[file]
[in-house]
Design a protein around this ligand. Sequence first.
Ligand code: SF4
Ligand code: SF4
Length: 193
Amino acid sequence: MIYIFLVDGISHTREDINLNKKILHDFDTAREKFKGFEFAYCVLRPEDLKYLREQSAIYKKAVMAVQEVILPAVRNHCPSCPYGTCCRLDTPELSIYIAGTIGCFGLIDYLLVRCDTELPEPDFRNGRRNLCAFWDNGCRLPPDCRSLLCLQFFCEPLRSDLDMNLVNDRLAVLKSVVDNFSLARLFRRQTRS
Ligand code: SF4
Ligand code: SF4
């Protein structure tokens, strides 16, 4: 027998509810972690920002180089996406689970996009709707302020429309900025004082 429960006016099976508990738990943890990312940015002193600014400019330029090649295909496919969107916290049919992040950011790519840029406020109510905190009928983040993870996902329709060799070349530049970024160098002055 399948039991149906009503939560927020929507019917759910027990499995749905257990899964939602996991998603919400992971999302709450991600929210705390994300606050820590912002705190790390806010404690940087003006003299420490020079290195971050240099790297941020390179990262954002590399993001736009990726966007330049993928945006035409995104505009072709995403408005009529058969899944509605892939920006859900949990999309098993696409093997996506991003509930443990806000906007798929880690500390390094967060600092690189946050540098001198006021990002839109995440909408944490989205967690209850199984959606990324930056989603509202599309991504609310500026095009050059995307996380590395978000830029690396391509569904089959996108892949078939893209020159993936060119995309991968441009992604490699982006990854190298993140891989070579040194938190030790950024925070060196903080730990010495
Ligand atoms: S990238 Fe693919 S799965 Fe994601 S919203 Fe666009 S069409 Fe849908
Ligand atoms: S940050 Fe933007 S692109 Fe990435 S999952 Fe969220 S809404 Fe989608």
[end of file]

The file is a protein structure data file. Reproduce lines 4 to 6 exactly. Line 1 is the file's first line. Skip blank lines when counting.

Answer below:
Ligand code: SF4
Length: 193
Amino acid sequence: MIYIFLVDGISHTREDINLNKKILHDFDTAREKFKGFEFAYCVLRPEDLKYLREQSAIYKKAVMAVQEVILPAVRNHCPSCPYGTCCRLDTPELSIYIAGTIGCFGLIDYLLVRCDTELPEPDFRNGRRNLCAFWDNGCRLPPDCRSLLCLQFFCEPLRSDLDMNLVNDRLAVLKSVVDNFSLARLFRRQTRS